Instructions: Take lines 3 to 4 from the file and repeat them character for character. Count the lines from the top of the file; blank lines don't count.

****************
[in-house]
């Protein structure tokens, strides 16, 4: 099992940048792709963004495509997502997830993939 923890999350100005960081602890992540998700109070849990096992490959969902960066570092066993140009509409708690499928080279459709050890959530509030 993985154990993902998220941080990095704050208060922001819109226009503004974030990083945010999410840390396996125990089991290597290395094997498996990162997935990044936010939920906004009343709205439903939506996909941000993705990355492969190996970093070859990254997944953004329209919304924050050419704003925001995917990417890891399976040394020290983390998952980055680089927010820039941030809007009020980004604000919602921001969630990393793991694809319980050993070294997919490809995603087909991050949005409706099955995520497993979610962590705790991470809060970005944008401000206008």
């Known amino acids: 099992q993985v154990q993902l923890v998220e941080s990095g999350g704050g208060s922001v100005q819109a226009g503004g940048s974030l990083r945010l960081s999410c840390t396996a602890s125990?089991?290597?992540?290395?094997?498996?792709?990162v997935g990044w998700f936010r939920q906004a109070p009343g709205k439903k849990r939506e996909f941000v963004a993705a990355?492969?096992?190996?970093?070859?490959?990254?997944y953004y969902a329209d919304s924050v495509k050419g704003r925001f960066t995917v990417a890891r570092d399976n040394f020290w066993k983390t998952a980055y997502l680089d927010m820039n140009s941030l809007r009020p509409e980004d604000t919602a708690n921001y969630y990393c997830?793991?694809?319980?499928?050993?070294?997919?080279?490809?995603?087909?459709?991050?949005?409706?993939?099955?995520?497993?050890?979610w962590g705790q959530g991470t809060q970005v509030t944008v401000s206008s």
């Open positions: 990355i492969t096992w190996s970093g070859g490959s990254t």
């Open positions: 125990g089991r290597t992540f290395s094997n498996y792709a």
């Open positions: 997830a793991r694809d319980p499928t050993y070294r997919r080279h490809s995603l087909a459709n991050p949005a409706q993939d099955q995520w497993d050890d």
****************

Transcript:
């Known amino acids: 099992q993985v154990q993902l923890v998220e941080s990095g999350g704050g208060s922001v100005q819109a226009g503004g940048s974030l990083r945010l960081s999410c840390t396996a602890s125990?089991?290597?992540?290395?094997?498996?792709?990162v997935g990044w998700f936010r939920q906004a109070p009343g709205k439903k849990r939506e996909f941000v963004a993705a990355?492969?096992?190996?970093?070859?490959?990254?997944y953004y969902a329209d919304s924050v495509k050419g704003r925001f960066t995917v990417a890891r570092d399976n040394f020290w066993k983390t998952a980055y997502l680089d927010m820039n140009s941030l809007r009020p509409e980004d604000t919602a708690n921001y969630y990393c997830?793991?694809?319980?499928?050993?070294?997919?080279?490809?995603?087909?459709?991050?949005?409706?993939?099955?995520?497993?050890?979610w962590g705790q959530g991470t809060q970005v509030t944008v401000s206008s």
């Open positions: 990355i492969t096992w190996s970093g070859g490959s990254t």